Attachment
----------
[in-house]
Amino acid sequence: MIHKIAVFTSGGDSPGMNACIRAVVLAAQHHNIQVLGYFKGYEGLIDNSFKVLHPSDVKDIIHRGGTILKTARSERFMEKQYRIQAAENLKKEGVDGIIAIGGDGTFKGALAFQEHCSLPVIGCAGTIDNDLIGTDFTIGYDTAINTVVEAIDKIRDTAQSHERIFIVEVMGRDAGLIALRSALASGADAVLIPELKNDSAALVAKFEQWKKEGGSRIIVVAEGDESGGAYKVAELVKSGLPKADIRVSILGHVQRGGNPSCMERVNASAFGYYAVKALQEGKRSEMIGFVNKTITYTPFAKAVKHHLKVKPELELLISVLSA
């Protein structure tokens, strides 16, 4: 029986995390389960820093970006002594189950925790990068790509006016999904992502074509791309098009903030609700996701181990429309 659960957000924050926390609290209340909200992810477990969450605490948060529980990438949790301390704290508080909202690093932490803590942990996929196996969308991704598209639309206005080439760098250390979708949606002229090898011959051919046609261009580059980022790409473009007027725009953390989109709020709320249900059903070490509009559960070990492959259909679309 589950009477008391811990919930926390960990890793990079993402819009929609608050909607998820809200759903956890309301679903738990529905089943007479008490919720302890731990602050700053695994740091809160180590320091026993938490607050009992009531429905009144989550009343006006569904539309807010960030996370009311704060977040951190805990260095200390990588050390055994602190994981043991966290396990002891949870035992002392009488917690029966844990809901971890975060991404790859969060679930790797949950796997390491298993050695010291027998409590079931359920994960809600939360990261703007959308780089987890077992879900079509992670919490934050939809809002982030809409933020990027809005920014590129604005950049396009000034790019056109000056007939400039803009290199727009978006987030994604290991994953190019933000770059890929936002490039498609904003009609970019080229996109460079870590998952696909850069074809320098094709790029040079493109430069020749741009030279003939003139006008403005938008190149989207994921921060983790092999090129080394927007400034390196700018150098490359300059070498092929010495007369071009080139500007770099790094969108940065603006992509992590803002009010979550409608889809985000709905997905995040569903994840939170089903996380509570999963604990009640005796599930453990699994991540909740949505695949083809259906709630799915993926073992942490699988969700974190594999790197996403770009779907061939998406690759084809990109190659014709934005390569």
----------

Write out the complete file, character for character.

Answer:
[in-house]
Amino acid sequence: MIHKIAVFTSGGDSPGMNACIRAVVLAAQHHNIQVLGYFKGYEGLIDNSFKVLHPSDVKDIIHRGGTILKTARSERFMEKQYRIQAAENLKKEGVDGIIAIGGDGTFKGALAFQEHCSLPVIGCAGTIDNDLIGTDFTIGYDTAINTVVEAIDKIRDTAQSHERIFIVEVMGRDAGLIALRSALASGADAVLIPELKNDSAALVAKFEQWKKEGGSRIIVVAEGDESGGAYKVAELVKSGLPKADIRVSILGHVQRGGNPSCMERVNASAFGYYAVKALQEGKRSEMIGFVNKTITYTPFAKAVKHHLKVKPELELLISVLSA
């Protein structure tokens, strides 16, 4: 029986995390389960820093970006002594189950925790990068790509006016999904992502074509791309098009903030609700996701181990429309 659960957000924050926390609290209340909200992810477990969450605490948060529980990438949790301390704290508080909202690093932490803590942990996929196996969308991704598209639309206005080439760098250390979708949606002229090898011959051919046609261009580059980022790409473009007027725009953390989109709020709320249900059903070490509009559960070990492959259909679309 589950009477008391811990919930926390960990890793990079993402819009929609608050909607998820809200759903956890309301679903738990529905089943007479008490919720302890731990602050700053695994740091809160180590320091026993938490607050009992009531429905009144989550009343006006569904539309807010960030996370009311704060977040951190805990260095200390990588050390055994602190994981043991966290396990002891949870035992002392009488917690029966844990809901971890975060991404790859969060679930790797949950796997390491298993050695010291027998409590079931359920994960809600939360990261703007959308780089987890077992879900079509992670919490934050939809809002982030809409933020990027809005920014590129604005950049396009000034790019056109000056007939400039803009290199727009978006987030994604290991994953190019933000770059890929936002490039498609904003009609970019080229996109460079870590998952696909850069074809320098094709790029040079493109430069020749741009030279003939003139006008403005938008190149989207994921921060983790092999090129080394927007400034390196700018150098490359300059070498092929010495007369071009080139500007770099790094969108940065603006992509992590803002009010979550409608889809985000709905997905995040569903994840939170089903996380509570999963604990009640005796599930453990699994991540909740949505695949083809259906709630799915993926073992942490699988969700974190594999790197996403770009779907061939998406690759084809990109190659014709934005390569």